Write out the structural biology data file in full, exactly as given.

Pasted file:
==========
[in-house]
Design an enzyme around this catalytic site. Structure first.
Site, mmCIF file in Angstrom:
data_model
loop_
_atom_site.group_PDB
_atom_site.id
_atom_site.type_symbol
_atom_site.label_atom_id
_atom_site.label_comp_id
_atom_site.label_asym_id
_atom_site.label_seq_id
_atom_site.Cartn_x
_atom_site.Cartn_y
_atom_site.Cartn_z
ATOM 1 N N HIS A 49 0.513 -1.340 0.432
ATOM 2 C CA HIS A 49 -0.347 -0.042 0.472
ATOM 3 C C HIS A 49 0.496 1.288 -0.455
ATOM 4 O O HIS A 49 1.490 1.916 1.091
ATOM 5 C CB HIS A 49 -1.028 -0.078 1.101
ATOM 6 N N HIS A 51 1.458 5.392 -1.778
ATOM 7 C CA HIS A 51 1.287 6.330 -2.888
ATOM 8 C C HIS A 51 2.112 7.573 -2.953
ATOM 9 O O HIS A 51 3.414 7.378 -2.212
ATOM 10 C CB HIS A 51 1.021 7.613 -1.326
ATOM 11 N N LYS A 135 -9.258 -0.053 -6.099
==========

[in-house]
Design an enzyme around this catalytic site. Structure first.
Site, mmCIF file in Angstrom:
data_model
loop_
_atom_site.group_PDB
_atom_site.id
_atom_site.type_symbol
_atom_site.label_atom_id
_atom_site.label_comp_id
_atom_site.label_asym_id
_atom_site.label_seq_id
_atom_site.Cartn_x
_atom_site.Cartn_y
_atom_site.Cartn_z
ATOM 1 N N HIS A 49 0.513 -1.340 0.432
ATOM 2 C CA HIS A 49 -0.347 -0.042 0.472
ATOM 3 C C HIS A 49 0.496 1.288 -0.455
ATOM 4 O O HIS A 49 1.490 1.916 1.091
ATOM 5 C CB HIS A 49 -1.028 -0.078 1.101
ATOM 6 N N HIS A 51 1.458 5.392 -1.778
ATOM 7 C CA HIS A 51 1.287 6.330 -2.888
ATOM 8 C C HIS A 51 2.112 7.573 -2.953
ATOM 9 O O HIS A 51 3.414 7.378 -2.212
ATOM 10 C CB HIS A 51 1.021 7.613 -1.326
ATOM 11 N N LYS A 135 -9.258 -0.053 -6.099